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I was interested to read this week, that researchers had found that harmful bacteria on sewage-associated plastic waste, washed up on beaches, can survive long enough to pose a risk to human health. The team at the University of Stirling, found that bacteria such as E. coli and intestinal enterococci were binding to these plastics more often than to naturally occurring materials such as seaweed and sand, thereby prolonging their persistence in the water and at the beach. The presence of faecal bacteria could also potentially lead to outbreaks of norovirus, rotavirus and salmonella. "Some of the plastic waste could be from legacy sewage spills that have persisted in the environment, but the volume of waste we are seeing is shocking," said Professor Richard Quilliam, whose team collected plastic waste from 10 beaches along the Firth of Forth estuary in Scotland. "We expected to collect a few wet wipes everywhere, but the team came back with bags of them."
The team also found evidence that species of vibrio - a naturally occurring bacteria, some strains of which can cause a severe upset stomach - were able to colonise wet wipes. And they found high rates of antimicrobial resistance present in the bacteria on the wipes and cotton bud sticks. The research is part of the £1.85 million 'Plastic Vectors' project - funded by the Natural Environment Research Council - which is investigating how plastics in the environment can help transport bacteria and viruses and the impact that may have on human health. The paper is at: https://www.sciencedirect.com/science/article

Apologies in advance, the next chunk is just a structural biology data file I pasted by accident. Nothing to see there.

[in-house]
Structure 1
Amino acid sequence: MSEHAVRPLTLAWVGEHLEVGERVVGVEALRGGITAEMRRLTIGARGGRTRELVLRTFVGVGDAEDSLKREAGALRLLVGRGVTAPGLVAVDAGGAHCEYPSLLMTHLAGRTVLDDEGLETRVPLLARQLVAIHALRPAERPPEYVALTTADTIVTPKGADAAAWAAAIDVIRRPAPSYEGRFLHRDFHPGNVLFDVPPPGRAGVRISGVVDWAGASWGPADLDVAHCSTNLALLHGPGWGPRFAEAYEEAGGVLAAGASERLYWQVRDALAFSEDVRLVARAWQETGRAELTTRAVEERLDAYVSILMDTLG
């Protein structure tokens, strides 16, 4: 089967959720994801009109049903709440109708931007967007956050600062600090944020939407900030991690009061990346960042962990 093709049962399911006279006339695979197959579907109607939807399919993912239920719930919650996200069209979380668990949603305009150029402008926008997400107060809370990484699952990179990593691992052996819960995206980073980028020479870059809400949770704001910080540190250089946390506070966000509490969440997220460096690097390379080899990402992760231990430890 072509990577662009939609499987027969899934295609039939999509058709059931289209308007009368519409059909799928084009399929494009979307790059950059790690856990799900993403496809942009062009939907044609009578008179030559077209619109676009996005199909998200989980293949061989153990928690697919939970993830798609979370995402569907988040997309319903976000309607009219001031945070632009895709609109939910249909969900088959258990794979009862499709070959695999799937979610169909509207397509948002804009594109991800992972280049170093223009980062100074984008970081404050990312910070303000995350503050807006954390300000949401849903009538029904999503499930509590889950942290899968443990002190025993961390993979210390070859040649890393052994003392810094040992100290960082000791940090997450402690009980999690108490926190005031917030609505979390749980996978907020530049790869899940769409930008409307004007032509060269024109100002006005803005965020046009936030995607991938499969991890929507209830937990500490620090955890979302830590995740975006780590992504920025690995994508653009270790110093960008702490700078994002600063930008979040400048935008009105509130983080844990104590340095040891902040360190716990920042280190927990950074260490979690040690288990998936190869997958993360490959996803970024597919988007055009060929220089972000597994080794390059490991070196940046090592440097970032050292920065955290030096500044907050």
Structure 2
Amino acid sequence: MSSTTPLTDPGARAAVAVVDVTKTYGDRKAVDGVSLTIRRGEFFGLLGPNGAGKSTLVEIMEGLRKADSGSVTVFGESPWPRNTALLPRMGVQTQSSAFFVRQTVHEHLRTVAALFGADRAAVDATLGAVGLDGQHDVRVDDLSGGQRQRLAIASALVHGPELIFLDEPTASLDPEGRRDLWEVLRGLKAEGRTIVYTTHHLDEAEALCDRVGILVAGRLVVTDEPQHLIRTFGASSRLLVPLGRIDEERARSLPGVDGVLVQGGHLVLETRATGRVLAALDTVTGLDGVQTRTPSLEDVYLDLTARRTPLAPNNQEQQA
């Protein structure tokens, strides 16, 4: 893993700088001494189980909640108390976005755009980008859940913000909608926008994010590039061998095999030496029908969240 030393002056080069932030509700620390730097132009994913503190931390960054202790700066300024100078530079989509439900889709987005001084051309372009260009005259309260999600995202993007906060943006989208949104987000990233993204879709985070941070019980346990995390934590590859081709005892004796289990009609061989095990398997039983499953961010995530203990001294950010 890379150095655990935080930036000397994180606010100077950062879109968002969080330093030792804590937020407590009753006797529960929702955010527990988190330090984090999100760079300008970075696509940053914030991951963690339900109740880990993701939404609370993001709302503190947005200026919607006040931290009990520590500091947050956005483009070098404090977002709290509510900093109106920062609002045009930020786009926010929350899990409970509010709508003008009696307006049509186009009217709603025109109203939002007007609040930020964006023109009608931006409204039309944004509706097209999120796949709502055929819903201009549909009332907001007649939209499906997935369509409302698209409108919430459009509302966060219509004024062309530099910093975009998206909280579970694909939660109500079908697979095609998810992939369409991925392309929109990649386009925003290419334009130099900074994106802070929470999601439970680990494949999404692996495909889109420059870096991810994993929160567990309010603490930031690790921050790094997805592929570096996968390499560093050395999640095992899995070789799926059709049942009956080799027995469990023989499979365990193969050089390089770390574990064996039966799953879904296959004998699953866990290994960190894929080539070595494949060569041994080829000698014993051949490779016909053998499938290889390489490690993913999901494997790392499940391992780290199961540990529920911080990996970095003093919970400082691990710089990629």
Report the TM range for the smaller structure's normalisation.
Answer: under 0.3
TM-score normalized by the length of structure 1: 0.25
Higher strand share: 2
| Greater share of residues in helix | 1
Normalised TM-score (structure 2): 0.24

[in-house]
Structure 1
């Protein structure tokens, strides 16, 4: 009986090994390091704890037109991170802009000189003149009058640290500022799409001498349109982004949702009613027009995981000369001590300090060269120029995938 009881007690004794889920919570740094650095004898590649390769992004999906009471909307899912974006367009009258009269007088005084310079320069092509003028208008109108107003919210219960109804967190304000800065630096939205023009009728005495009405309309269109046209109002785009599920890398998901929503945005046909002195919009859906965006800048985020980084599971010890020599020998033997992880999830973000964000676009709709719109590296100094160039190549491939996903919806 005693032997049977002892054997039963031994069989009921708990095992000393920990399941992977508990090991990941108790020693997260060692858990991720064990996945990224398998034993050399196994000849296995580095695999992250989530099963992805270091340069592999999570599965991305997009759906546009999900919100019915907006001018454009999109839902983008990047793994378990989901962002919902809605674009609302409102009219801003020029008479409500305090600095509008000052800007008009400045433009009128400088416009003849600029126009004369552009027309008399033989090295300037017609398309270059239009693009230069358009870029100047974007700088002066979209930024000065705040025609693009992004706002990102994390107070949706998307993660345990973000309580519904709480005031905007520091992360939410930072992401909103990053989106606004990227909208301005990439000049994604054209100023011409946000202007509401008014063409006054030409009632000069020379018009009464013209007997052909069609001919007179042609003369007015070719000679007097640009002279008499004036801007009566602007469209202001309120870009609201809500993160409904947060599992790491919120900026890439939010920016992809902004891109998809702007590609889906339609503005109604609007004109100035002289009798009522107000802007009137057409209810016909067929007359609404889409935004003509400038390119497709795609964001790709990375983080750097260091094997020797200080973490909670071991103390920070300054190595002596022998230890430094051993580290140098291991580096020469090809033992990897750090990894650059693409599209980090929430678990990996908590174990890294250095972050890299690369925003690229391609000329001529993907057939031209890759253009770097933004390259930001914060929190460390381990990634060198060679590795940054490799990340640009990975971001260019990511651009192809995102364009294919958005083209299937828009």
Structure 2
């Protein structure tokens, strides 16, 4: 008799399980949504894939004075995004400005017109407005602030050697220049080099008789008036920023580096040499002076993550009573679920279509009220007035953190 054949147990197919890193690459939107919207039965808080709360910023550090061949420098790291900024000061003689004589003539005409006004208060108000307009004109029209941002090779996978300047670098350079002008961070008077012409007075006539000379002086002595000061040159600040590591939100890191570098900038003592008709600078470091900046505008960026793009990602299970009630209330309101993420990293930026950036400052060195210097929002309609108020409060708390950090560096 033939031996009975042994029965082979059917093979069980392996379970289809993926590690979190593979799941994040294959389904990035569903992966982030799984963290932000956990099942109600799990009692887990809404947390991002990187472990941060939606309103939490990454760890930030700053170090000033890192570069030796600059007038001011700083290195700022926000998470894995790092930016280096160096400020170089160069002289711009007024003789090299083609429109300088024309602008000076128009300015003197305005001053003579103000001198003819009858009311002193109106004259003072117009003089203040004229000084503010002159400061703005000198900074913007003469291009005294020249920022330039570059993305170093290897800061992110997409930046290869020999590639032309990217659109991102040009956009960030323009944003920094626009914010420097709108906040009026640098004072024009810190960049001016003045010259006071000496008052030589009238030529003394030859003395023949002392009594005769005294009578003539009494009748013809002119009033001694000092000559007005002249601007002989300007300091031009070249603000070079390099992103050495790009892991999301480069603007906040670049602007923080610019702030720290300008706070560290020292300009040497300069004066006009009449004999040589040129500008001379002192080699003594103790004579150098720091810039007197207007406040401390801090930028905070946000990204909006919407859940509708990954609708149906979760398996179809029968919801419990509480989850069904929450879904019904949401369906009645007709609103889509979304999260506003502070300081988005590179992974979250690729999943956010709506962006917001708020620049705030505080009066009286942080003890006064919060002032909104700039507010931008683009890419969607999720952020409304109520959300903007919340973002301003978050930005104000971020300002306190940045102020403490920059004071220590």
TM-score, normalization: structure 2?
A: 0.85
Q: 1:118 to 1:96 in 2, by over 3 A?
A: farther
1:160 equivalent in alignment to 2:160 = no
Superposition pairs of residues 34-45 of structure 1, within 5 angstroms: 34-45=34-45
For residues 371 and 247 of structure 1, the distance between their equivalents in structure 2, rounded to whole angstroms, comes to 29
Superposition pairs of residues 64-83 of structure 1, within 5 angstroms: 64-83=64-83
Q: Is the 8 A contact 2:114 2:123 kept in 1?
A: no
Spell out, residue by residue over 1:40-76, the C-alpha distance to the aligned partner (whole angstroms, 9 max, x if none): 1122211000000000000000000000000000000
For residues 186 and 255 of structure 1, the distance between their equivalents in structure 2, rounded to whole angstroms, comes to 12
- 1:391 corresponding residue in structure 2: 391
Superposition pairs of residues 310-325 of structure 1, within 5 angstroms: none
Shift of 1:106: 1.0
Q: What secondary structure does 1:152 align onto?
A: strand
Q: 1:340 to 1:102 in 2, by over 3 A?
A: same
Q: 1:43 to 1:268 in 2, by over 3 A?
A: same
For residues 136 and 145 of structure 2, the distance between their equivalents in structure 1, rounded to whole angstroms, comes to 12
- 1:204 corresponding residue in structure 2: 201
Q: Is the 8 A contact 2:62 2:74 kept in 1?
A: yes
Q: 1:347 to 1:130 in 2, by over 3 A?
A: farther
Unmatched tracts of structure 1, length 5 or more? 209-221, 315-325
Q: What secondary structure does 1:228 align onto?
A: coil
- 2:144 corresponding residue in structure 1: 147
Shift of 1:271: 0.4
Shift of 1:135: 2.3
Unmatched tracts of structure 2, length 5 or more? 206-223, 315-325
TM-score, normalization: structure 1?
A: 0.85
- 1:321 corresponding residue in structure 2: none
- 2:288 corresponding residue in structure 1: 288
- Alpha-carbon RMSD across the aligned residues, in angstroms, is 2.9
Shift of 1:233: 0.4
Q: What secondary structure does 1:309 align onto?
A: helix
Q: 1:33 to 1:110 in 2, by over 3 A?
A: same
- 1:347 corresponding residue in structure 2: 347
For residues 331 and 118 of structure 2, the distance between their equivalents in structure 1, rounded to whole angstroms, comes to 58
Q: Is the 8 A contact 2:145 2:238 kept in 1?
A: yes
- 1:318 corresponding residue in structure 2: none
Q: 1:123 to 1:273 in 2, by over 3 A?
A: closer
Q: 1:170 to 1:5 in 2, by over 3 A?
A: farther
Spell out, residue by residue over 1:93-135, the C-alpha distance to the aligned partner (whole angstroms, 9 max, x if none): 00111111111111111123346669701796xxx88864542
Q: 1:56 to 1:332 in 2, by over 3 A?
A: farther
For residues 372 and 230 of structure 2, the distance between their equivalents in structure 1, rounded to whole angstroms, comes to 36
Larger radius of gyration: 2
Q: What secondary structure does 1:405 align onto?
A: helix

Finally, I'm always pleased when what I produce in Cleanzine makes an impact but even more so when it prompts a 'letter to the editor' from an old friend & ex-colleague - in this case Australia's Alan Hardcastle, whom you may remember as the highly-respected publisher of Inclean magazine for many years. Alan's email, which features below, picked up on my praise last week of ISSA/Pulire’s Toni D'Andrea's thinking about the need to elevate cleaning to the status of ‘an investment’, when so many people wrongly look upon it as being just ‘a cost’. I hadn't realised until I received Alan's email, that Toni's thoughts aren't new - and possibly as a result of the shift the pandemic has brought about - but rather something that Toni's carried in his heart for many years. Like Alan, I believe this is a message that we as an industry need to share with everyone.
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9th June 2022